They both strongly backed the reconstruction of the city—with Head best known for her work helping small business and literally fixing potholes—but they both, along with a majority of black city council members, supported the destruction of the old public housing projects that were home to a significant percentage of New Orleans’ black residents pre-Katrina.

Some of that fallout can be found in the story of Stephanie Mingo, an Orleans Parish school board employee and mother of four who was evacuated during Katrina from the St. Bernard public housing project. She and other former residents failed to stop demolition of St. Bernard and then refused housing in the new “mixed-income” Columbia Parc development built on its site—protesting the dramatically reduced number of low-income units and what they see as dehumanizing new rules for residents. In a climactic scene in Getting Back to Abnormal, Mingo’s frustrations come to a head when she’s out in the rain, protesting Barack and Michelle Obama’s visit to this “model” development.

Also featured are Head’s opponent, Corey Watson, a scion of a family of black ministers; local attorney Buddy Lemann, who expresses something of the town’s old spirit (“Reality is cruel and we in New Orleans prefer to have a few drinks and go get naked in the streets”); black radio shock jock Paul Beaulieu, who says, “There’s a train coming through the black community that’s going to bust it wide open—and it has white political leaders like Stacy Head on it”; the emotional 50-year reunion of the three young girls who first integrated the New Orleans public schools and the federal marshals who protected them; and the insanity, and biracial pride, in the streets after the hometown Saints’ first-ever Super Bowl win.

Getting Back to Abnormal sorts through its complex and fast-moving story with gusto while providing a sense of people’s love for the city—and their humor about its situation. Says David Simon, co-creator of HBO’s Treme, shot in New Orleans, “In many ways, New Orleans exists only to be New Orleans in the imagination. The truth is, it’s one of the most dysfunctional cities in America . . . but at the end of the day we will find a way to make you smile and dance.” Or, as civil-rights lawyer Tracie Washington puts it, “I don’t want a post-racial New Orleans. That would be—I hate to say—Minneapolis.”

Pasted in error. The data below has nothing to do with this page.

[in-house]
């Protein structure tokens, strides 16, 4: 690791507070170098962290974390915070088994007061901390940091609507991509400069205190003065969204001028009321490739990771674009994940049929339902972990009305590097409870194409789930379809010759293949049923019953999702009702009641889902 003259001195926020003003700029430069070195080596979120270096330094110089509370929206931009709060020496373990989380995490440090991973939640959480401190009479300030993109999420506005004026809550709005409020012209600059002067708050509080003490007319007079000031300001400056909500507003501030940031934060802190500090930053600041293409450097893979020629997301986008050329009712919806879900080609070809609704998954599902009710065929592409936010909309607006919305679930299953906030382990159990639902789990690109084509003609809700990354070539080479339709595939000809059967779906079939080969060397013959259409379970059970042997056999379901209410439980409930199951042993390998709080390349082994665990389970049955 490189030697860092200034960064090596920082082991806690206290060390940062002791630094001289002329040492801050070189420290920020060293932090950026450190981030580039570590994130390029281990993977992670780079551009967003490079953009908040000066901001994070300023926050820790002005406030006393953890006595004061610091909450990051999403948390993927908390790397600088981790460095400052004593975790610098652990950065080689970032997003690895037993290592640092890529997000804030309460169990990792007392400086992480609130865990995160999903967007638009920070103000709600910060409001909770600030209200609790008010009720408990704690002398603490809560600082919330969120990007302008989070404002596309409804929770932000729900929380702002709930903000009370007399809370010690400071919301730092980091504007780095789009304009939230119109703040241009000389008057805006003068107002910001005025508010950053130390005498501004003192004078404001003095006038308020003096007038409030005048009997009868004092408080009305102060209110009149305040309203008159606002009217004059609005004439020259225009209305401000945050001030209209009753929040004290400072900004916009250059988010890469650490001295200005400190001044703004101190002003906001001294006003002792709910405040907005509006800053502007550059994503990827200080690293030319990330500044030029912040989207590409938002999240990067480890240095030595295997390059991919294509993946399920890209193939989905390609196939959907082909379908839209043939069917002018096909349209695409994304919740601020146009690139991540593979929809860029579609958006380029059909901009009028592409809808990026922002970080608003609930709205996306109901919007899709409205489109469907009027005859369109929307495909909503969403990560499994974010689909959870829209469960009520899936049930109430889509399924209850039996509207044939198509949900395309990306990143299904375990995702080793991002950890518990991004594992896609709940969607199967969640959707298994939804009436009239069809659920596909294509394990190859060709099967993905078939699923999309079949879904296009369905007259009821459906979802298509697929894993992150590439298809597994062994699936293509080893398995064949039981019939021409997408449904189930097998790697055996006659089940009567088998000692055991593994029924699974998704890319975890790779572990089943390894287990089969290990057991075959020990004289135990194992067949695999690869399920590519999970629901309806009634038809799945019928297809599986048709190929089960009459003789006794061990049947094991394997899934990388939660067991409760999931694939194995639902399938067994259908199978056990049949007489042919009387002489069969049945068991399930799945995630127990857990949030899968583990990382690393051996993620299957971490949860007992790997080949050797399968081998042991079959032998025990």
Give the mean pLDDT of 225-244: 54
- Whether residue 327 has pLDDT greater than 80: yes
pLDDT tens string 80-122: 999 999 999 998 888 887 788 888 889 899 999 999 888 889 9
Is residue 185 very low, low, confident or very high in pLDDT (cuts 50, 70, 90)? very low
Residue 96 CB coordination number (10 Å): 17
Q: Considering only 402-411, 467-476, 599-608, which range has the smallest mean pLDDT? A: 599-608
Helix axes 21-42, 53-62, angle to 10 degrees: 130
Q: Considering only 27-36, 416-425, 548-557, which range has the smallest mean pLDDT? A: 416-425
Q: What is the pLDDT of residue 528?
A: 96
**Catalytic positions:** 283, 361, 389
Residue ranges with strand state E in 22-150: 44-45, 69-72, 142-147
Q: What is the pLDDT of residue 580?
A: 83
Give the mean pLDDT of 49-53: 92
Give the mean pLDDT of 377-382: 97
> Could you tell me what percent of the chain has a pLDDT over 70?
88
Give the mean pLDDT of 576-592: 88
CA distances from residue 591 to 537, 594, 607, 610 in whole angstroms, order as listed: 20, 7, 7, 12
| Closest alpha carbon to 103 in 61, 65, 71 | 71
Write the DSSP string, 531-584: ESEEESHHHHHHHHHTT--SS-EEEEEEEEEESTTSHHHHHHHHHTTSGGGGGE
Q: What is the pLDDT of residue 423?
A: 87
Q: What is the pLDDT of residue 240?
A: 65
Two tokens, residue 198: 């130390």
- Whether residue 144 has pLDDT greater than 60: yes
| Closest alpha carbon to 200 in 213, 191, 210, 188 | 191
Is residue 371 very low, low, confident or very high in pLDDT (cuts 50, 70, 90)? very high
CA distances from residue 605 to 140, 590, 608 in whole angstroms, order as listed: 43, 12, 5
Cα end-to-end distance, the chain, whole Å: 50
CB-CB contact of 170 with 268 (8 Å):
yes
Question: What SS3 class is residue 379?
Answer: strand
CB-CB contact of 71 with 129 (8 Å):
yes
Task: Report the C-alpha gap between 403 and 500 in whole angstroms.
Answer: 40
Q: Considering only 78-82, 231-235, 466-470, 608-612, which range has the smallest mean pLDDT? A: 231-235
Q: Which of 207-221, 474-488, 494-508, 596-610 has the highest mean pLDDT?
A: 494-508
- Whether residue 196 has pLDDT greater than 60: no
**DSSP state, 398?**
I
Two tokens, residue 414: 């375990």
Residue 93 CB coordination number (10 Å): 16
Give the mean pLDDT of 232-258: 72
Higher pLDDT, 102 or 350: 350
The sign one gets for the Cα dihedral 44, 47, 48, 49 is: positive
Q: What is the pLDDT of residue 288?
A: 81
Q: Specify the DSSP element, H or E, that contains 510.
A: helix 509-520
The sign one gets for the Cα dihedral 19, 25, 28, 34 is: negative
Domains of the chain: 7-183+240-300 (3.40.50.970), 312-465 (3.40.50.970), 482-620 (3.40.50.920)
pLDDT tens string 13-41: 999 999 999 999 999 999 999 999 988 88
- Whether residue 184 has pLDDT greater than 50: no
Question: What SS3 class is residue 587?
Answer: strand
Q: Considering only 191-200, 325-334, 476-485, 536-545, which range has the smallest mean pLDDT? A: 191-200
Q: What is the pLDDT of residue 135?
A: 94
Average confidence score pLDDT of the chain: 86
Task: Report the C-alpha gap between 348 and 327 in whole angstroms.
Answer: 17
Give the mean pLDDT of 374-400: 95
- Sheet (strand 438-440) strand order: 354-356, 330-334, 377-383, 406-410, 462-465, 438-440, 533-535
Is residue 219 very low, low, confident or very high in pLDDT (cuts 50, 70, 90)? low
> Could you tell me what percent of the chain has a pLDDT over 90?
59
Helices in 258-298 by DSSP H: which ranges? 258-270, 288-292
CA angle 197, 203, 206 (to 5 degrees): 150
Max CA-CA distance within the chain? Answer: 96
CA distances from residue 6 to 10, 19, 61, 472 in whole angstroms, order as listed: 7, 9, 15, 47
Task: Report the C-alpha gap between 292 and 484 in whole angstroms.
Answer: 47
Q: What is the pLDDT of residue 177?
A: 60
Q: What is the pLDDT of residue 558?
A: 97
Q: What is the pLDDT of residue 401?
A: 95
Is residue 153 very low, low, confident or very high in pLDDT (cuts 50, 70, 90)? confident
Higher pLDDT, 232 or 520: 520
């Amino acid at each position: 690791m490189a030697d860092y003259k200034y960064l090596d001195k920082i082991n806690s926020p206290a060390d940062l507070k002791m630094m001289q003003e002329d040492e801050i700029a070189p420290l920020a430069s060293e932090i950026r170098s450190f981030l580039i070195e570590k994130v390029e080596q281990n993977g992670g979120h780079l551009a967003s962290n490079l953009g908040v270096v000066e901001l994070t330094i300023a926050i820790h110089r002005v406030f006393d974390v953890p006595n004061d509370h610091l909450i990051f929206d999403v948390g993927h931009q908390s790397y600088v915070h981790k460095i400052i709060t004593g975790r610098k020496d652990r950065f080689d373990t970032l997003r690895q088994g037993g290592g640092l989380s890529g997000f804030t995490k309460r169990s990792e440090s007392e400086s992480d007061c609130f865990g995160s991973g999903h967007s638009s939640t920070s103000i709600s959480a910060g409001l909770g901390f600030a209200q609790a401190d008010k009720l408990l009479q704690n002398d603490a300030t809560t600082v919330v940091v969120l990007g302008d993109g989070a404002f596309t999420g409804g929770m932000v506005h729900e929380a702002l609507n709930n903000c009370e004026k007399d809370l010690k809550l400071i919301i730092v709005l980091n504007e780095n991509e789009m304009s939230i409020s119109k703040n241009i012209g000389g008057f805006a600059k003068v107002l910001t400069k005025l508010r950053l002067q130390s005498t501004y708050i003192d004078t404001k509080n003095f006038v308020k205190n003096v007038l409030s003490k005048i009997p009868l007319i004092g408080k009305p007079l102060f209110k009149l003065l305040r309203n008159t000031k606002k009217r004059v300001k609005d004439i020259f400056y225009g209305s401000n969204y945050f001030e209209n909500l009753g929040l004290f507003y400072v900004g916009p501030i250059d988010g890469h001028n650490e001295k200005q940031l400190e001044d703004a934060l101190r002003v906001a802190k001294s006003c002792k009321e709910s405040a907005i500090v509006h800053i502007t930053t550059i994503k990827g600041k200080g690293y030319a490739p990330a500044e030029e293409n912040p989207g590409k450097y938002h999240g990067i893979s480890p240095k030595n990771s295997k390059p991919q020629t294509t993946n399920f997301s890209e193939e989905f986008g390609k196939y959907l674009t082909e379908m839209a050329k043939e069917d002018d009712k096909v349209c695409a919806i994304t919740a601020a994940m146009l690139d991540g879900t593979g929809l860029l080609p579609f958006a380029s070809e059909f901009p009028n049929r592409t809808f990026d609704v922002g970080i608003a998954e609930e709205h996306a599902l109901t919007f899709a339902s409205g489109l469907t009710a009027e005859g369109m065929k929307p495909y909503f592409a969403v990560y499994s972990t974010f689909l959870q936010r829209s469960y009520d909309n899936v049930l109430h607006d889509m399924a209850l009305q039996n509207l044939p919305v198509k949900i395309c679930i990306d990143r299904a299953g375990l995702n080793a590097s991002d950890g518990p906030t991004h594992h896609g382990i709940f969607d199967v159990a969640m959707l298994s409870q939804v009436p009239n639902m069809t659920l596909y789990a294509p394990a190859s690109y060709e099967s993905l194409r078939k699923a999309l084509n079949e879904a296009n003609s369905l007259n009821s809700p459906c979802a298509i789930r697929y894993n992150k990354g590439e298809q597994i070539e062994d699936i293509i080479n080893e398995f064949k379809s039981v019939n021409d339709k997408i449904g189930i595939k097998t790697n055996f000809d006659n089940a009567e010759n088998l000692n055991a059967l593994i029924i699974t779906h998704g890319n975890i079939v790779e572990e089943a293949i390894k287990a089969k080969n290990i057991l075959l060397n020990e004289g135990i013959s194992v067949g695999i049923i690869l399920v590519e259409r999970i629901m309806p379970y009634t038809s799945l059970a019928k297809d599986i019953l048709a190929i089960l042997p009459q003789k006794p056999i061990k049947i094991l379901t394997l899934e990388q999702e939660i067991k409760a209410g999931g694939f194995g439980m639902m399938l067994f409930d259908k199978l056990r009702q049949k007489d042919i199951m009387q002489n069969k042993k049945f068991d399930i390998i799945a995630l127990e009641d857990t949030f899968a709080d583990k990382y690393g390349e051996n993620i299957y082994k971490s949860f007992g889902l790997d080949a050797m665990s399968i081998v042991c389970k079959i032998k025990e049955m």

As for the intent of the filmmakers, “We really wanted to make a film that communicated the love and frustration we have for the city,” say Alvarez, Kolker, Odabashian and Stekler. “We also knew we wanted the culture and richness of the place to come across as a backdrop to our political story, and so we sought out appealing local characters who could provide context. A lot of post-Katrina docs were made by outsiders who never quite captured the city’s weird DNA. We’d be happy if people came away feeling like they’d spent a weekend in New Orleans, hanging out with the locals and getting the inside story.”

The monumental building that was supposed to last forever was destroyed after 53 years.